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BMW quality executive says cause of fires 'not Korea specific'

All News 17:40 August 06, 2018

By Choi Kyong-ae

SEOUL, Aug. 6 (Yonhap) -- BMW Group on Monday officially apologized for the fires that consumed some of its vehicles and stressed that the hardware issue cited for the problem is not specific to South Korea.

The statement came as the German luxury carmaker held an "urgent" press conference in Seoul to explain the fires in its vehicles while outlining the company's recall plans here.

"The cause is only a hardware issue. It has nothing to do with software. And the root cause is not Korea specific. Similar rates are observed in other jurisdictions," Vice President Johann Ebenbichler in charge of quality at BMW Group told the media.

He cited the leakage of an exhaust gas recirculation (EGR) cooler as the main cause of the fire incidents that happened in the cars in Asia's fourth-biggest economy this year.

In this photo taken on Aug. 6, 2018, Vice President Johann Ebenbichler in charge of quality at BMW Group delivers a briefing on the cause of fires in its vehicles in South Korea this year. (Yonhap)

The vice president said the latest fires are "specific problems with the EGR cooler" in BMW vehicles.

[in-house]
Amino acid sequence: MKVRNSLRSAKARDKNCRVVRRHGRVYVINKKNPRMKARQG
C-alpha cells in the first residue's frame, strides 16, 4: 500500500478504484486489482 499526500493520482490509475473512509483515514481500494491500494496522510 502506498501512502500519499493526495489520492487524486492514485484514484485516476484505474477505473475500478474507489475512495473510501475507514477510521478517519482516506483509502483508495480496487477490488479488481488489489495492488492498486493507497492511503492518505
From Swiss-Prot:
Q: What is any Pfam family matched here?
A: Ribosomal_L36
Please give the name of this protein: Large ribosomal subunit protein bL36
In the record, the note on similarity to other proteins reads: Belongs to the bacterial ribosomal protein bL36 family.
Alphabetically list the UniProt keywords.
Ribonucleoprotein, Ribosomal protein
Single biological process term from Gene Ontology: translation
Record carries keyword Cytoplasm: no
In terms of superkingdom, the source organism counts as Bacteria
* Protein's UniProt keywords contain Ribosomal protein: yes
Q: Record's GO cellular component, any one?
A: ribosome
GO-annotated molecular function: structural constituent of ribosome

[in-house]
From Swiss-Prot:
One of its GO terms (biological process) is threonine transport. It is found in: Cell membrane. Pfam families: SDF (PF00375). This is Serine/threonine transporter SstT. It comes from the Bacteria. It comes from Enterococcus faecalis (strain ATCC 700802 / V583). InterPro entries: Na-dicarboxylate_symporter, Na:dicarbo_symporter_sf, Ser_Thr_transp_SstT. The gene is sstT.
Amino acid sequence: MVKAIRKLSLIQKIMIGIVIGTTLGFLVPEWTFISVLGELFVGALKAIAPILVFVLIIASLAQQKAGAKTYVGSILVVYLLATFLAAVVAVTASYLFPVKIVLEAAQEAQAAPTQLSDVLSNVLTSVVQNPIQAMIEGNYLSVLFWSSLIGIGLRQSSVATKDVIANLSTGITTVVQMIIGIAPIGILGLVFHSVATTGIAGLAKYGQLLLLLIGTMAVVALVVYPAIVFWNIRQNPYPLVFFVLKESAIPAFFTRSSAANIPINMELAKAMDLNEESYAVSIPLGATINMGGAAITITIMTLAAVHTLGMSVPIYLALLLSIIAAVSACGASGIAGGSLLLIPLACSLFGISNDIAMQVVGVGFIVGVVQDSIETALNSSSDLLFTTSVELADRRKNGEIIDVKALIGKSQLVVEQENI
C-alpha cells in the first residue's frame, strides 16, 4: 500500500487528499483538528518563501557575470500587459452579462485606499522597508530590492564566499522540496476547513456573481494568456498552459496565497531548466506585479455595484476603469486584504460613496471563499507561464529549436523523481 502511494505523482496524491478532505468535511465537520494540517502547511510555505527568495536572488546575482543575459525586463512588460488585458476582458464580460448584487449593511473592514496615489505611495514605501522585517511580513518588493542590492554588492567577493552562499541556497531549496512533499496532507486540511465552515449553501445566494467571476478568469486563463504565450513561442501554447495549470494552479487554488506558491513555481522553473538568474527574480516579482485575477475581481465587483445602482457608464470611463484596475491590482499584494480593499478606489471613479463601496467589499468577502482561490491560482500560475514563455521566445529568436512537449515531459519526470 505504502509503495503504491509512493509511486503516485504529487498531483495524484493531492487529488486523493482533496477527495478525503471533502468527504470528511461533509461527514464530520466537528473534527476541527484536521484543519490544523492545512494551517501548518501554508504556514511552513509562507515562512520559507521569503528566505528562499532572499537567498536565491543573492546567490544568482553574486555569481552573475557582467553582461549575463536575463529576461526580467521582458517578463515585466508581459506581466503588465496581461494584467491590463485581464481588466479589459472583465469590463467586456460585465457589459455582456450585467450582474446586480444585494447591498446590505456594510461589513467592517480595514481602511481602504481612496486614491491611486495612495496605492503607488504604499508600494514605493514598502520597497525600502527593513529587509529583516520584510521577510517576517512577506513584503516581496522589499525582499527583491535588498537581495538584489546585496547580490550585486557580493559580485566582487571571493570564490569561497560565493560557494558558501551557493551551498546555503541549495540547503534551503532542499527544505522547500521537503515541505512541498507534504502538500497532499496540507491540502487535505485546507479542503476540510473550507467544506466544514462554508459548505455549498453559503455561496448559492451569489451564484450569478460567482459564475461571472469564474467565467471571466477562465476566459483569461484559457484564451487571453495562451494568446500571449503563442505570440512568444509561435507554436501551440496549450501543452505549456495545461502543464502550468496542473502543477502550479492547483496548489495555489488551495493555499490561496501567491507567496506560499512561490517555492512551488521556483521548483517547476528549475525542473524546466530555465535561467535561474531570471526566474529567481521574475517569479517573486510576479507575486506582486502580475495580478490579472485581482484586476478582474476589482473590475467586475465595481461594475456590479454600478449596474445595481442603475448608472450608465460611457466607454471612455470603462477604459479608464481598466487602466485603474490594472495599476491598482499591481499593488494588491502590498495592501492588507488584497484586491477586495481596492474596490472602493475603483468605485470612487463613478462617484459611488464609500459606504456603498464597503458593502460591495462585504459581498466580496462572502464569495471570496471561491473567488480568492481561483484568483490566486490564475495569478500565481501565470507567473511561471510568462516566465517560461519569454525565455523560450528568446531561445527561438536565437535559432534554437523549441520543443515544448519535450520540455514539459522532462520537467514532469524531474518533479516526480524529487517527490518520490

The German carmaker used the same software and hardware for its vehicles sold in Europe and Korea. The overall failure rate in diesel-powered BMW vehicles sold in Korea is similar to that of diesel cars sold globally in the past two months, he emphasized, without giving a comparison of faulty EGR-caused fires in Korea and other markets.

There have been 32 cases of fires in the engine compartments of BMW vehicles, mainly the 520d sedan, coming into 2018. BMW said it will recall 106,317 vehicles to make an emergency check on the EGR component at its 61 after-sales service centers around the clock during a two-week period starting July 31.

The official recall is scheduled to start on Aug. 20 to replace the EGR cooler and module and clean the EGR pipe. The EGR is one of the principal devices used to reduce nitrogen oxide emissions from diesel engines.


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